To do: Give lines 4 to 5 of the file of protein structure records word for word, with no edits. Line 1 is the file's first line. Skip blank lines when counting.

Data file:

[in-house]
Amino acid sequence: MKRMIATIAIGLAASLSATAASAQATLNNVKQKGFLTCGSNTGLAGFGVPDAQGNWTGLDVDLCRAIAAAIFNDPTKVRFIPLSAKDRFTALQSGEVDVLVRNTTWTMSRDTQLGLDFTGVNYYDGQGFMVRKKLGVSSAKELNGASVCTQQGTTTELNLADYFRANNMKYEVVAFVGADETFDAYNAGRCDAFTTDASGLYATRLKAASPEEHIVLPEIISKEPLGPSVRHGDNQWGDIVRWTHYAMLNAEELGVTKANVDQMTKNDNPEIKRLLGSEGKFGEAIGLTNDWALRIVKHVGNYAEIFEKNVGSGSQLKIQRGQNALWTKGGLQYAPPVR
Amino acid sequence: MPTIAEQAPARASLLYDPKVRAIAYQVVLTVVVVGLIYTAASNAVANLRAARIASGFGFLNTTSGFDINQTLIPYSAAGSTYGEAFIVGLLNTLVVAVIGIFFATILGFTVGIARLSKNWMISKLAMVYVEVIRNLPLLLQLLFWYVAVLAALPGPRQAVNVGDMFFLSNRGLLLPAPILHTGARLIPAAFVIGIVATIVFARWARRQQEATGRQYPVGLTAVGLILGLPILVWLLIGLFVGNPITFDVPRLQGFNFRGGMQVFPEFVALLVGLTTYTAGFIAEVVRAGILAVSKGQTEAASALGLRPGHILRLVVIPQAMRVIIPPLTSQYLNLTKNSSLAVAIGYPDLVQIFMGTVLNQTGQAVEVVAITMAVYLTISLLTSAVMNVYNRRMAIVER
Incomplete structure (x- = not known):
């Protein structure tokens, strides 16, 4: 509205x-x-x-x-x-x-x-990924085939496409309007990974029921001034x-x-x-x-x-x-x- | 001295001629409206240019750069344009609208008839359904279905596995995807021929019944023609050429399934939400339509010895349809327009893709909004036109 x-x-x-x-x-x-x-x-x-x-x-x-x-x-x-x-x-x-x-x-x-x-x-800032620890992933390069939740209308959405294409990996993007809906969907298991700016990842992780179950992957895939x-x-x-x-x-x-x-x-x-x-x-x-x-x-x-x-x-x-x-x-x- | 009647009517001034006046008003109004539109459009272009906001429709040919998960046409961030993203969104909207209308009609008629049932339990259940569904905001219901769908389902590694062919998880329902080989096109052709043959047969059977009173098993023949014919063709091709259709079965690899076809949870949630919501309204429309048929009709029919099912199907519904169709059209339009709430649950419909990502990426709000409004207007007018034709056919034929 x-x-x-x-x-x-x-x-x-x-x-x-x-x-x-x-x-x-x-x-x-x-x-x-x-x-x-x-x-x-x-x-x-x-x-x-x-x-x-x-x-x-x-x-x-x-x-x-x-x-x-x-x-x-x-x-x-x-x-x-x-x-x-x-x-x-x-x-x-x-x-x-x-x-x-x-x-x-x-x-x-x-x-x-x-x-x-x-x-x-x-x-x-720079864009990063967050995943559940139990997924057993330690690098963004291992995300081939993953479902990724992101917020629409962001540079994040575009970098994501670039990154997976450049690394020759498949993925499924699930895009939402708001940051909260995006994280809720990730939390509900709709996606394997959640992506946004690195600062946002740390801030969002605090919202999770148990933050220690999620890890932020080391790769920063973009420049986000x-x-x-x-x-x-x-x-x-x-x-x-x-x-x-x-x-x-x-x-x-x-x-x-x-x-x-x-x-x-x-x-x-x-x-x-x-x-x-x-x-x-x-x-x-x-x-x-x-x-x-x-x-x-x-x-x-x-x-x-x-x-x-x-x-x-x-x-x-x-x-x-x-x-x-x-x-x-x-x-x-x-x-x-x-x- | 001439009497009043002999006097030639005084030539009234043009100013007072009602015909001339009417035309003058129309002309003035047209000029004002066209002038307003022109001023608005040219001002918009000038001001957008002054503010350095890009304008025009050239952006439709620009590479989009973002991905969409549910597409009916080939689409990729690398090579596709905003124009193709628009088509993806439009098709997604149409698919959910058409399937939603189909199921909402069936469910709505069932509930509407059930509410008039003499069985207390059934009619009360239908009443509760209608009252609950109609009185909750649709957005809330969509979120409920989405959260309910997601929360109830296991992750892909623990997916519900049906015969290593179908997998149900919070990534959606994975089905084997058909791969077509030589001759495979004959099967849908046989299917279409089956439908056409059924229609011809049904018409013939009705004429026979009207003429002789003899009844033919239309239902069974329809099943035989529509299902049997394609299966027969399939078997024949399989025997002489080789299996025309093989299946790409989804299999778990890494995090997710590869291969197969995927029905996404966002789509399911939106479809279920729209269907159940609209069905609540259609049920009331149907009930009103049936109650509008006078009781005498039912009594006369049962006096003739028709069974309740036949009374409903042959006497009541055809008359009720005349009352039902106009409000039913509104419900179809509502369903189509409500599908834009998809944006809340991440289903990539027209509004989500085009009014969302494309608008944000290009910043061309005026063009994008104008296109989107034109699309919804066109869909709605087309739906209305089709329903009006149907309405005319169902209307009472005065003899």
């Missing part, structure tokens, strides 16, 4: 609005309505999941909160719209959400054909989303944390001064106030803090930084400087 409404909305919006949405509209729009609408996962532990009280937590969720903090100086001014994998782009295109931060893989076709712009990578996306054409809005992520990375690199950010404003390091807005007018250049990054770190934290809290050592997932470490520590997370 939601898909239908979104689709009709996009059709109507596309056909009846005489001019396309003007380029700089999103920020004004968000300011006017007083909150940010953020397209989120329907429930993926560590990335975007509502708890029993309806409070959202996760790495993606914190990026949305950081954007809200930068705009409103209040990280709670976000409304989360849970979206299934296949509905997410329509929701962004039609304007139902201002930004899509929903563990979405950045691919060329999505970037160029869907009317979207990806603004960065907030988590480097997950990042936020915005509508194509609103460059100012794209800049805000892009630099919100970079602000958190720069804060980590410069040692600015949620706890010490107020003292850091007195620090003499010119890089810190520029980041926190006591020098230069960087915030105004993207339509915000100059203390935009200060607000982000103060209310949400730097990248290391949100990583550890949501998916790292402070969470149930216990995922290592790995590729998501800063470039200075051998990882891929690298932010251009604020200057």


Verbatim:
Incomplete structure (x- = not known):
């Protein structure tokens, strides 16, 4: 509205x-x-x-x-x-x-x-990924085939496409309007990974029921001034x-x-x-x-x-x-x- | 001295001629409206240019750069344009609208008839359904279905596995995807021929019944023609050429399934939400339509010895349809327009893709909004036109 x-x-x-x-x-x-x-x-x-x-x-x-x-x-x-x-x-x-x-x-x-x-x-800032620890992933390069939740209308959405294409990996993007809906969907298991700016990842992780179950992957895939x-x-x-x-x-x-x-x-x-x-x-x-x-x-x-x-x-x-x-x-x- | 009647009517001034006046008003109004539109459009272009906001429709040919998960046409961030993203969104909207209308009609008629049932339990259940569904905001219901769908389902590694062919998880329902080989096109052709043959047969059977009173098993023949014919063709091709259709079965690899076809949870949630919501309204429309048929009709029919099912199907519904169709059209339009709430649950419909990502990426709000409004207007007018034709056919034929 x-x-x-x-x-x-x-x-x-x-x-x-x-x-x-x-x-x-x-x-x-x-x-x-x-x-x-x-x-x-x-x-x-x-x-x-x-x-x-x-x-x-x-x-x-x-x-x-x-x-x-x-x-x-x-x-x-x-x-x-x-x-x-x-x-x-x-x-x-x-x-x-x-x-x-x-x-x-x-x-x-x-x-x-x-x-x-x-x-x-x-x-x-720079864009990063967050995943559940139990997924057993330690690098963004291992995300081939993953479902990724992101917020629409962001540079994040575009970098994501670039990154997976450049690394020759498949993925499924699930895009939402708001940051909260995006994280809720990730939390509900709709996606394997959640992506946004690195600062946002740390801030969002605090919202999770148990933050220690999620890890932020080391790769920063973009420049986000x-x-x-x-x-x-x-x-x-x-x-x-x-x-x-x-x-x-x-x-x-x-x-x-x-x-x-x-x-x-x-x-x-x-x-x-x-x-x-x-x-x-x-x-x-x-x-x-x-x-x-x-x-x-x-x-x-x-x-x-x-x-x-x-x-x-x-x-x-x-x-x-x-x-x-x-x-x-x-x-x-x-x-x-x-x- | 001439009497009043002999006097030639005084030539009234043009100013007072009602015909001339009417035309003058129309002309003035047209000029004002066209002038307003022109001023608005040219001002918009000038001001957008002054503010350095890009304008025009050239952006439709620009590479989009973002991905969409549910597409009916080939689409990729690398090579596709905003124009193709628009088509993806439009098709997604149409698919959910058409399937939603189909199921909402069936469910709505069932509930509407059930509410008039003499069985207390059934009619009360239908009443509760209608009252609950109609009185909750649709957005809330969509979120409920989405959260309910997601929360109830296991992750892909623990997916519900049906015969290593179908997998149900919070990534959606994975089905084997058909791969077509030589001759495979004959099967849908046989299917279409089956439908056409059924229609011809049904018409013939009705004429026979009207003429002789003899009844033919239309239902069974329809099943035989529509299902049997394609299966027969399939078997024949399989025997002489080789299996025309093989299946790409989804299999778990890494995090997710590869291969197969995927029905996404966002789509399911939106479809279920729209269907159940609209069905609540259609049920009331149907009930009103049936109650509008006078009781005498039912009594006369049962006096003739028709069974309740036949009374409903042959006497009541055809008359009720005349009352039902106009409000039913509104419900179809509502369903189509409500599908834009998809944006809340991440289903990539027209509004989500085009009014969302494309608008944000290009910043061309005026063009994008104008296109989107034109699309919804066109869909709605087309739906209305089709329903009006149907309405005319169902209307009472005065003899």